This conversation with blogger Mette Ivie Harrison appeared on Huffington Post Dec. 1, 2015. At the time, the LDS (Mormon) Church had made a policy change that the children of cohabiting (conjugal) gay parents–now considered “apostate”–would not be allowed to be blessed, or baptized into the Church or otherwise be officially considered a church member.
As some Mormons decided to resign their membership in protest over this announcement, the question of what’s left after leaving the institution again came up. Thus, this conversation about “ethnic Mormonism,” which is something I have long advocated for.
Mette is a regular contributor to HuffPost, and she invited me to share my ideas with her in a conversational format. Mette is LDS and a best-selling author, most recently of The Bishop’s Wife and the sequel His Right Hand, two mysteries set in Draper, Utah. She was also kind enough to blurb my book Dream House on Golan Drive, which is how we met.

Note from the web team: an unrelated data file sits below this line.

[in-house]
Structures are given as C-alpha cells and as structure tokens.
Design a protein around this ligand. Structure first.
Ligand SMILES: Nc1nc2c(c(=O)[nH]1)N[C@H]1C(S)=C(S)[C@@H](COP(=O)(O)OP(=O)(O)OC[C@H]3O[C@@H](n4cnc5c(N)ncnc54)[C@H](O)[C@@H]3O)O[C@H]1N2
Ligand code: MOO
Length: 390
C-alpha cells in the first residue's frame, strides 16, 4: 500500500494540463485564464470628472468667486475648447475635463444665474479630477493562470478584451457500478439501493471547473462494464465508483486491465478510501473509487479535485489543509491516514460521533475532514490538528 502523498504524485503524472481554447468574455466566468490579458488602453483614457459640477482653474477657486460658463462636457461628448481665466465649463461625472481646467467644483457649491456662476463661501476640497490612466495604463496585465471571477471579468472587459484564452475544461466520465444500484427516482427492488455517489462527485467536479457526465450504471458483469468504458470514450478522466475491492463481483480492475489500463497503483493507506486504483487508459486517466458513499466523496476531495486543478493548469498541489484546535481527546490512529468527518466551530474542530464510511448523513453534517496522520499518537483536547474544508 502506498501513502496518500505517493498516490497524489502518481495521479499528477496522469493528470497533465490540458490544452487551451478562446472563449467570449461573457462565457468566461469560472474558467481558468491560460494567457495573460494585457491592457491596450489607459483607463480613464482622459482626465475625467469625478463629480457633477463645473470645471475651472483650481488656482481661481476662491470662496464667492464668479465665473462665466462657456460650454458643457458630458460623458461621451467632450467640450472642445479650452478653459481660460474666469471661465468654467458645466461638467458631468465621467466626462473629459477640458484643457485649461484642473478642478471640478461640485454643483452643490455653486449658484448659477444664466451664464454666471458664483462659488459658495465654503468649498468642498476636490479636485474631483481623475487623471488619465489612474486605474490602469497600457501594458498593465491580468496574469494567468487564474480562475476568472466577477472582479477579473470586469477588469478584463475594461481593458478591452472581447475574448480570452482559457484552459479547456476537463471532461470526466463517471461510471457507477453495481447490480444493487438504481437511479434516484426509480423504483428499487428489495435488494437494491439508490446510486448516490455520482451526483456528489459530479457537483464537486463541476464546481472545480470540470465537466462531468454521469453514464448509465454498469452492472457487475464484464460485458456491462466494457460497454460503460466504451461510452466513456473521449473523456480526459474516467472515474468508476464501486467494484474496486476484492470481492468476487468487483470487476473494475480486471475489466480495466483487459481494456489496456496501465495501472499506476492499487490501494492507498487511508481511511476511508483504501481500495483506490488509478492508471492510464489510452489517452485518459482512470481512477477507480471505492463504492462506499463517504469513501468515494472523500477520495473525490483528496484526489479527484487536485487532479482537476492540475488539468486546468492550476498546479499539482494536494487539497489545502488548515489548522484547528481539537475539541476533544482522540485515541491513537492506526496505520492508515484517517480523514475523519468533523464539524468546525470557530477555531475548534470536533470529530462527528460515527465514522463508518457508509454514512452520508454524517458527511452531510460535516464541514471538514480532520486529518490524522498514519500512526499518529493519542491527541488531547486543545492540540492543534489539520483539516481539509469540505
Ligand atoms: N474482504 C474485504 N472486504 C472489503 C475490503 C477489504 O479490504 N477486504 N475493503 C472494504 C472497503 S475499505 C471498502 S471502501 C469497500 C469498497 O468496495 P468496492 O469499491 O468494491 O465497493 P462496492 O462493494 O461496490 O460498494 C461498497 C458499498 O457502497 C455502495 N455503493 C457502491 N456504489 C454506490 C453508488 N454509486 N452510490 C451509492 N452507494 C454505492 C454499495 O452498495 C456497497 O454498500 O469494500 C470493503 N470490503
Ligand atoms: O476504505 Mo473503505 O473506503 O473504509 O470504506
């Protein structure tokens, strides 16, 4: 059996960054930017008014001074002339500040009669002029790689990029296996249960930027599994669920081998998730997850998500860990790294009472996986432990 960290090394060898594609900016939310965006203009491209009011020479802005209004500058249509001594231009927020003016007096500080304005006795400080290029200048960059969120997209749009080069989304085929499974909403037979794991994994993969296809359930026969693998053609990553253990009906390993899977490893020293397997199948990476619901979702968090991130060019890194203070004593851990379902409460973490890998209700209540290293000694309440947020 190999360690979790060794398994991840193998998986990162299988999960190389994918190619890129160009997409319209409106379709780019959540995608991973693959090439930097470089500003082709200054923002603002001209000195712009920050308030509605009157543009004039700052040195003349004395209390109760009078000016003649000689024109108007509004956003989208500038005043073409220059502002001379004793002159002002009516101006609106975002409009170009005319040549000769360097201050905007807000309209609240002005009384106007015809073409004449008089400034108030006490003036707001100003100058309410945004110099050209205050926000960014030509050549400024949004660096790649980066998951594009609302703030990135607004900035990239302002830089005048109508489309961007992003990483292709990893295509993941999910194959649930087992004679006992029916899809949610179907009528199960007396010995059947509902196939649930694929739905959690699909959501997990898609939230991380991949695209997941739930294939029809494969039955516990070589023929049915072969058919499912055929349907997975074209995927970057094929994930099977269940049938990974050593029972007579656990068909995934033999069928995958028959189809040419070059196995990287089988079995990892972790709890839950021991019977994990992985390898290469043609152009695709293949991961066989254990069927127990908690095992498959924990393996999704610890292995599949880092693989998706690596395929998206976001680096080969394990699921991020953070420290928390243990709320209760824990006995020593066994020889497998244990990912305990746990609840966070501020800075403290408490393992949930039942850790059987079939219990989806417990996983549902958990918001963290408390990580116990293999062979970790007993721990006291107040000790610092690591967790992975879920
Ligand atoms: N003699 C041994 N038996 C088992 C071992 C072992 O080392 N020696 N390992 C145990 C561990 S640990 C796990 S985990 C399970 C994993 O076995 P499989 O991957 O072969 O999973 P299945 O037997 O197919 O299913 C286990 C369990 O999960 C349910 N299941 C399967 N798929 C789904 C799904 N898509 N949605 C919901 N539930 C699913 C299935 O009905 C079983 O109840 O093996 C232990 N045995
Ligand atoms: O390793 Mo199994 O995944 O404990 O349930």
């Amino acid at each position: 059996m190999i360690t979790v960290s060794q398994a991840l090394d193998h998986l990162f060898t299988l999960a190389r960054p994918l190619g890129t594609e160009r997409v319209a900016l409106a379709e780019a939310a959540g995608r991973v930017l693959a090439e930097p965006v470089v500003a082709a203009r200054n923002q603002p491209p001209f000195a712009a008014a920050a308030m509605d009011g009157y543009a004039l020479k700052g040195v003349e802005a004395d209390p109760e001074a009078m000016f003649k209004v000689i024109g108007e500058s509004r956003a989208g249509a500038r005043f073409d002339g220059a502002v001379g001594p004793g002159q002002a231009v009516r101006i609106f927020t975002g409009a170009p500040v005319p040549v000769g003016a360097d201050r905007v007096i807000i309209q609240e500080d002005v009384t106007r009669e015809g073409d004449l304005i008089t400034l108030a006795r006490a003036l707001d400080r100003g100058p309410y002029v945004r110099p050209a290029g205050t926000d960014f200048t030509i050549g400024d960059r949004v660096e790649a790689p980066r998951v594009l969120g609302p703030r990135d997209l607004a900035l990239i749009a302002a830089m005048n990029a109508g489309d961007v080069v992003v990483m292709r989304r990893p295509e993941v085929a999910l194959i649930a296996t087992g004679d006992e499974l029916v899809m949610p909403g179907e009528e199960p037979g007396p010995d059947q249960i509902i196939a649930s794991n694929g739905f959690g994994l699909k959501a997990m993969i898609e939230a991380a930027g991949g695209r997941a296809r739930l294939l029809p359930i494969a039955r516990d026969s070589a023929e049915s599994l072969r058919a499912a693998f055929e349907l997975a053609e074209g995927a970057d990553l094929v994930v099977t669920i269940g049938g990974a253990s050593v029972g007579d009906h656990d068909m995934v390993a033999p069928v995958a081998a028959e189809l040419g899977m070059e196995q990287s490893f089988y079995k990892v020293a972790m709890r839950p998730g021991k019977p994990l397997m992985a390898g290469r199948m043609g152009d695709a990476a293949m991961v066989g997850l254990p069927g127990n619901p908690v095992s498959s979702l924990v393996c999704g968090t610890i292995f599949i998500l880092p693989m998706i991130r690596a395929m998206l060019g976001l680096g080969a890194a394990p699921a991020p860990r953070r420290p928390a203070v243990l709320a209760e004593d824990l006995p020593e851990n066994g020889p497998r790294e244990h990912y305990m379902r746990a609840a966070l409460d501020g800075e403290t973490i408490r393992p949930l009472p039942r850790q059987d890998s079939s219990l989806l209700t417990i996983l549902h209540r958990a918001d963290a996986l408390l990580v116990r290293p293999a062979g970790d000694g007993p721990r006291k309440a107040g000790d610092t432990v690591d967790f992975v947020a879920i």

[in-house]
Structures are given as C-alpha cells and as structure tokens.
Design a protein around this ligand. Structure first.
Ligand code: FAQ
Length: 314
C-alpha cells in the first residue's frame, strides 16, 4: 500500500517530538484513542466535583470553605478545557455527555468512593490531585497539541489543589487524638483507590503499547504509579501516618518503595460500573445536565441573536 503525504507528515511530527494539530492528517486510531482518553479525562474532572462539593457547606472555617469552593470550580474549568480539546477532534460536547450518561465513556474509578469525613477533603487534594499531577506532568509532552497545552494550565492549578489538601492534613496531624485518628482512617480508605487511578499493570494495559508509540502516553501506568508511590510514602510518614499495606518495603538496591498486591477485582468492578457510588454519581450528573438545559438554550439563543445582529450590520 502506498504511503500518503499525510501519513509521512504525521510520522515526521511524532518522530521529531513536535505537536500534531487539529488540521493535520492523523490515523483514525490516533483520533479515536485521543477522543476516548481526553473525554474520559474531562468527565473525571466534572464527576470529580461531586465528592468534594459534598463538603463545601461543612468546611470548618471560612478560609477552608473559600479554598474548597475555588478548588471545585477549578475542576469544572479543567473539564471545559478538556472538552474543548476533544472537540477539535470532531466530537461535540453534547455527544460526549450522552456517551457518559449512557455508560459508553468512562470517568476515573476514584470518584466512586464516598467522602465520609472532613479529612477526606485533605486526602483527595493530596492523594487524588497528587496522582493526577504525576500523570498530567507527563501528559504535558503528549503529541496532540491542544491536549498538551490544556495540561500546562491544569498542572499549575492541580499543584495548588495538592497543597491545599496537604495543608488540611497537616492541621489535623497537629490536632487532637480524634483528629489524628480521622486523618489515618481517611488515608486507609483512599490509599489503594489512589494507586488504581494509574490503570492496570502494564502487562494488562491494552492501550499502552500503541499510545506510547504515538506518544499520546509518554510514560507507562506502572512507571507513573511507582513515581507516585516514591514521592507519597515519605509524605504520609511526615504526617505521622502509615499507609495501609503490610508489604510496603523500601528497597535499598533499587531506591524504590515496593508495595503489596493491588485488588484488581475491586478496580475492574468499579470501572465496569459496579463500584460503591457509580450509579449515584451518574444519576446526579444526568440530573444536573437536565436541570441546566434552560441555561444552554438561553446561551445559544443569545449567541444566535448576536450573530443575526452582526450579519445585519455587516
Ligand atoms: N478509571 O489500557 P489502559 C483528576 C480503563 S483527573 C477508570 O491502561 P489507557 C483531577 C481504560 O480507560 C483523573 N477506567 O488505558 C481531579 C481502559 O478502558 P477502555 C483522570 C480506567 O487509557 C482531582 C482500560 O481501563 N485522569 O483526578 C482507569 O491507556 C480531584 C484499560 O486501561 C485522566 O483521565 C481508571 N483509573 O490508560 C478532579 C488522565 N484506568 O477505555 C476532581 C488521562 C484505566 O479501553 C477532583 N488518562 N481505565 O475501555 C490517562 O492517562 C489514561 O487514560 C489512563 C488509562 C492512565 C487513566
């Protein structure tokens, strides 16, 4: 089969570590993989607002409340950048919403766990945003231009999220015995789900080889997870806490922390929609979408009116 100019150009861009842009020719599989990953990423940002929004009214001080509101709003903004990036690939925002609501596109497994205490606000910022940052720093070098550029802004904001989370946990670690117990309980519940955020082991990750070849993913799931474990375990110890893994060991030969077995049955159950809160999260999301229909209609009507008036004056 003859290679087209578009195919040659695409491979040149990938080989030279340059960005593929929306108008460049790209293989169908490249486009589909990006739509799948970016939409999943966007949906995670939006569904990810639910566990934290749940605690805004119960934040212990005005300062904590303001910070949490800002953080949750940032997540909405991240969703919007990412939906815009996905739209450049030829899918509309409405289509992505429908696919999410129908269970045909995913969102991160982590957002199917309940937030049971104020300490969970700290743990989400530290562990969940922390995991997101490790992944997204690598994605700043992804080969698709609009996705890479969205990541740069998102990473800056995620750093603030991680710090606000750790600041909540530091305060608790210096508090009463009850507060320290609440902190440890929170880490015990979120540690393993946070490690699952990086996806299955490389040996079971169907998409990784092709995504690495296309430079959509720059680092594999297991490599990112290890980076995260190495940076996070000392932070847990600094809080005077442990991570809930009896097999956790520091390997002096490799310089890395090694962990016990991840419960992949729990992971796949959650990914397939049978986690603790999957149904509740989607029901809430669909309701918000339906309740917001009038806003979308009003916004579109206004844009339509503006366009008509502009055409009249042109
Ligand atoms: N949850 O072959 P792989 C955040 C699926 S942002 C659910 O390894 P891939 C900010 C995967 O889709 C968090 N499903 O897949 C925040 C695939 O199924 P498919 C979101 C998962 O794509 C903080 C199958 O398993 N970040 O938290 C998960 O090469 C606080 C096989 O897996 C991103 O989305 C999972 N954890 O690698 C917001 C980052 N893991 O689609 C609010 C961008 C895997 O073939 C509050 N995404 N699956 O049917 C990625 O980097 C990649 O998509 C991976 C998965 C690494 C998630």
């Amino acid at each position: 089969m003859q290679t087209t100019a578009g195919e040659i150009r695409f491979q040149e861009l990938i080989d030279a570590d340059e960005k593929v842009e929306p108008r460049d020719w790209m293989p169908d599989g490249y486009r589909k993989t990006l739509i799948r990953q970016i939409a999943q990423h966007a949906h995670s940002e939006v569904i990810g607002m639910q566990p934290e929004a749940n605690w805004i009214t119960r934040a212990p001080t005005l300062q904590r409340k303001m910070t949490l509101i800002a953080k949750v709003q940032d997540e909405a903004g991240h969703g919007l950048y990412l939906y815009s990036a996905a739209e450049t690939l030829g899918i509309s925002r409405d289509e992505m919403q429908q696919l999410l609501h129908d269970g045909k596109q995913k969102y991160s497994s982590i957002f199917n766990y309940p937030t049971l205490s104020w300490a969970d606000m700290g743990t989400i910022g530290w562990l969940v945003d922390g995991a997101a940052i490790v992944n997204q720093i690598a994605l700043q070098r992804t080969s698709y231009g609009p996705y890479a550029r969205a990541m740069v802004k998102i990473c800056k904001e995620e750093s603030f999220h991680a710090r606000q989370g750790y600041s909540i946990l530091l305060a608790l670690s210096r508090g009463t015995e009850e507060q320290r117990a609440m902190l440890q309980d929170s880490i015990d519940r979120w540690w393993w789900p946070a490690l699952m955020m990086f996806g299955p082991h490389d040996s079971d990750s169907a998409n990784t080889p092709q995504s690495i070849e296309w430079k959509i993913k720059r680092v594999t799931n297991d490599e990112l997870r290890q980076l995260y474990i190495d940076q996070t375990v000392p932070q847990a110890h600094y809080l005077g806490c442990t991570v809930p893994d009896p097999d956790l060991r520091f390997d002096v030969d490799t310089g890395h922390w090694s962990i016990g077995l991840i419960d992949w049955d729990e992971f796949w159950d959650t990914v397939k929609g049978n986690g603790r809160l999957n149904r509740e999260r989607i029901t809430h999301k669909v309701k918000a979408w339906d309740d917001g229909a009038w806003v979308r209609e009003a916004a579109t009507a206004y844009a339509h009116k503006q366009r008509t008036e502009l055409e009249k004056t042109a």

“Today, a conversation with author David Pace about the growing numbers of ‘ethnic Mormons,’ those who grow up Mormon, but for various reasons leave the church, and how Mormons may need to make a bigger tent to include them.
“Q: When I first started to articulate some of my doubts about Mormonism with non-Mormon friends, they asked me why I didn’t create my own church. Take what I loved about Mormonism and move on. Or find a splinter group that matched my own ideas better. It’s a very Protestant view of religion, and I struggled to explain to them that the choices in terms of splinter groups were slim and grim pickings. As for creating my own church, growing up as Mormon meant that I had an abhorrence of “priestcraft,” quite apart from my introverism and general disinterest in organizing large groups in any form.
“David, what are your thoughts on this?” More